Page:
August 29, 2017
Ask Menlo Park resident Carol Mayer Marshall who she is and her answer is swift: “I’m a politician and a feminist and an attorney.”
She’s also a woman of firsts: The first woman Congressional Relations Director in any government agency, representing poverty program under Don Rumsfeld; the first woman Director, VISTA (Domestic Peace Corps), Nixon appointment with Senate confirmation; the first woman Superintendent, San Francisco Mint, G.H.W. Bush appointment with Senate confirmation.
After a number of years working in Washington on both the House and Senate side, Carol came west to attend Boult Law School, but practiced law for just a short time. Instead she gravitated to commercial real estate development.
But politics was never really on the back burner. Her one attempt at electoral office was not successful, but that hasn’t diminished her enthusiasm for helping other women.
Earlier this year she founded WIRE — Women who Identify, Recruit & Elect — to help women get elected or appointed to offices in San Mateo and Santa Clara counties.
“It is a totally bi-partisan effort,” she said. “We do not endorse candidates or raise money. Rather our members recruit qualified women and then offer free campaign consulting advice to those who choose to serve their communities in elective or appointive posts.”
The impetus came when she attended a Renaissance Weekend last January. “Many had taken Hillary Clinton’s defeat personally, almost like a death in the family,” she recalled. “But my attitude was we need to stop beating our heads on a wall and crying. We need to do something. WIRE is the result.”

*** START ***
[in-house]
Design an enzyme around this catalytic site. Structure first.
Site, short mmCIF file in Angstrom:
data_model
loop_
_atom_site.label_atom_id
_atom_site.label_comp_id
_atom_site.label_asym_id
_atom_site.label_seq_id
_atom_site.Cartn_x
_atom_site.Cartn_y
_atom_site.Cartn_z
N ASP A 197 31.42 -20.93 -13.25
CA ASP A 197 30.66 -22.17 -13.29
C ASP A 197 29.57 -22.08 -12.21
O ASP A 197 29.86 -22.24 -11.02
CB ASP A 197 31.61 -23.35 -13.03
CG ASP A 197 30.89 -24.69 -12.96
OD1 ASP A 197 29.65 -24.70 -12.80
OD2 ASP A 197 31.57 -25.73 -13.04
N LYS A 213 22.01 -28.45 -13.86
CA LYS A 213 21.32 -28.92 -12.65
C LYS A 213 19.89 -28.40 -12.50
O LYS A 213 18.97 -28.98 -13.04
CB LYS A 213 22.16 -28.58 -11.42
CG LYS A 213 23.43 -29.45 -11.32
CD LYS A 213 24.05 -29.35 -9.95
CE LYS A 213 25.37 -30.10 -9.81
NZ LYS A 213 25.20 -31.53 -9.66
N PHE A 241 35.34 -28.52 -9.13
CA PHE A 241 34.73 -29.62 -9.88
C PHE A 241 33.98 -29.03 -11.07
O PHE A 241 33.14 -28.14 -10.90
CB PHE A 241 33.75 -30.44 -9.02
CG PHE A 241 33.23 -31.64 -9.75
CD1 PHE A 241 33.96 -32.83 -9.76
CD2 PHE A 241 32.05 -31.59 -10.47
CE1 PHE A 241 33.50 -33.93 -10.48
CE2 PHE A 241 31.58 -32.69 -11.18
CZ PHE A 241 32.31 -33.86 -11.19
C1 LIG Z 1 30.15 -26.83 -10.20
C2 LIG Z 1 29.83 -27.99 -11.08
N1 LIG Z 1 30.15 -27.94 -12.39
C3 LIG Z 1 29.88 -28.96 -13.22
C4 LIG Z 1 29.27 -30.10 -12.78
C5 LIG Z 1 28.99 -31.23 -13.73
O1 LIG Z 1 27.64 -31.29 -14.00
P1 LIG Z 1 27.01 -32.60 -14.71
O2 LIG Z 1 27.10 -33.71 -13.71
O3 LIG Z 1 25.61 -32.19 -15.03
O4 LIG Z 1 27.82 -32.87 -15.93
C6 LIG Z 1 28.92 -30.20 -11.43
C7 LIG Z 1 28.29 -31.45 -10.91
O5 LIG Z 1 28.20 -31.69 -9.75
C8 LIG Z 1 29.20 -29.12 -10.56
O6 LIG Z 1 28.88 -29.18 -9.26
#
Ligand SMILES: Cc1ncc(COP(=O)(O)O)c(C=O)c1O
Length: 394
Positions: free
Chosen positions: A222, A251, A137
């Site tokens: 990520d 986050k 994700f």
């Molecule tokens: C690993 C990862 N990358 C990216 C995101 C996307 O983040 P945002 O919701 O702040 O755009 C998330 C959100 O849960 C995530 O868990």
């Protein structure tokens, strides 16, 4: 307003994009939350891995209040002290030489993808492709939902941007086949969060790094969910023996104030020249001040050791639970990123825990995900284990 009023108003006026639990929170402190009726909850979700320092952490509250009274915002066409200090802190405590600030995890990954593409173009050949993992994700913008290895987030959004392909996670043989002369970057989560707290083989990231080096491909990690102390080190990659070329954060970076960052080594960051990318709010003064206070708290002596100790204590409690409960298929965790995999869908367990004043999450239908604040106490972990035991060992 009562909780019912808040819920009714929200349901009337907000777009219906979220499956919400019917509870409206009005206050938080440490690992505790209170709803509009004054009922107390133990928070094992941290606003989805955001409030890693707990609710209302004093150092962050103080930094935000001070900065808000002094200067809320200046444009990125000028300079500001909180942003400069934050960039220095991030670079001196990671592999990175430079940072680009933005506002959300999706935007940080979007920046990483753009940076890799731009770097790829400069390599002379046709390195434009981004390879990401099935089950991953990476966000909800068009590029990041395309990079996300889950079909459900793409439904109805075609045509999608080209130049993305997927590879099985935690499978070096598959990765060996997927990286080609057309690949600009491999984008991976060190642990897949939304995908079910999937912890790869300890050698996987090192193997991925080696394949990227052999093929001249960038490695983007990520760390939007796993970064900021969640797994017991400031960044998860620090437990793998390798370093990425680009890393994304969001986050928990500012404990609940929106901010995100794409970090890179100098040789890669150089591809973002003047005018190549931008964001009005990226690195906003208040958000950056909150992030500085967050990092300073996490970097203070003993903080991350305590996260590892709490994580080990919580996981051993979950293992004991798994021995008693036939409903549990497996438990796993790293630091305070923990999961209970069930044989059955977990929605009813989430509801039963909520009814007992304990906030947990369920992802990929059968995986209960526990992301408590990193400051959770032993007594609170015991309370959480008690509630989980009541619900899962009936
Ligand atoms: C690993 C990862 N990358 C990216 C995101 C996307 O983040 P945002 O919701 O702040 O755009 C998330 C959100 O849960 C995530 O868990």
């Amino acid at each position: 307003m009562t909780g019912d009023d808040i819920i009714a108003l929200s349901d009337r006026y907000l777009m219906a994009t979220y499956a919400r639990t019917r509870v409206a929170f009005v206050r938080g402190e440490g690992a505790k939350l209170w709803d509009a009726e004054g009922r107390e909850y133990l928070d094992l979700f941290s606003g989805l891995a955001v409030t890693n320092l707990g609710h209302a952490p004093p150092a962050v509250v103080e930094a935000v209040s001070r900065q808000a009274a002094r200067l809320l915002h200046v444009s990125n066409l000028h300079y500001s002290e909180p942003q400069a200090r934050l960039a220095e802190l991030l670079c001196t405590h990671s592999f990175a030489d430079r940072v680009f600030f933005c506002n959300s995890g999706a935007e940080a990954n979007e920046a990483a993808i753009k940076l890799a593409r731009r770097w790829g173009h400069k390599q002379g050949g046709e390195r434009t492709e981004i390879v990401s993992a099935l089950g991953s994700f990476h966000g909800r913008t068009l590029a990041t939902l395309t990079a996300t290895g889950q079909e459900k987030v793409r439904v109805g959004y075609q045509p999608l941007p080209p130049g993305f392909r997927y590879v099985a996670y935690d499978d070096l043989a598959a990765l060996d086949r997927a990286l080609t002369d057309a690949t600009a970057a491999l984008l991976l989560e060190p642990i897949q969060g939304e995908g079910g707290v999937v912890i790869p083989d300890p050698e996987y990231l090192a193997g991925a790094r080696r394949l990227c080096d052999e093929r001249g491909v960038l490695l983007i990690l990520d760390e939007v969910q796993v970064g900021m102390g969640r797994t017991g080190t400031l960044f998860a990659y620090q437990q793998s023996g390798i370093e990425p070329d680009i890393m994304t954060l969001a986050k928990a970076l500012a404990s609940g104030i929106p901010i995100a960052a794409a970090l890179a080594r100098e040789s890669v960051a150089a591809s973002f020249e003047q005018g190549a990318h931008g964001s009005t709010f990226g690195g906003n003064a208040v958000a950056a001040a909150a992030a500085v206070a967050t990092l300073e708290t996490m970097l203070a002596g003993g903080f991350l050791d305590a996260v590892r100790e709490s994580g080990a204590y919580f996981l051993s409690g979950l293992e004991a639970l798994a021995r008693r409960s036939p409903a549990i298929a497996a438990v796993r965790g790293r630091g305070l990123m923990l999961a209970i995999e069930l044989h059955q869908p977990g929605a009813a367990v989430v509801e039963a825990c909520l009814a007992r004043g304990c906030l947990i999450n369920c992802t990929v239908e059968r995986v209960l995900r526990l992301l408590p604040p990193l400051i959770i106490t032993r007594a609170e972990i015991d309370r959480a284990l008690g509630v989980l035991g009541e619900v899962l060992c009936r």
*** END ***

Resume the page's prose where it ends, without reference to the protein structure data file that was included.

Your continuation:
The organization now has about 70 members. When a woman is identified as a candidate for office, free consulting is provided to increase her odds for success.
“Anyone can join WIRE; we accept men as members but only work with women,” Carol explained. “I’ve learned the hardest thing is finding women to run. That’s why I want to spread the word about WIRE so that we can get more members, and eventually more candidates.
“There are so many districts and towns; we are also putting together a database of elected and appointed positions so that at some point we can just push a button to see upcoming vacancies.”
InMenlo article link here.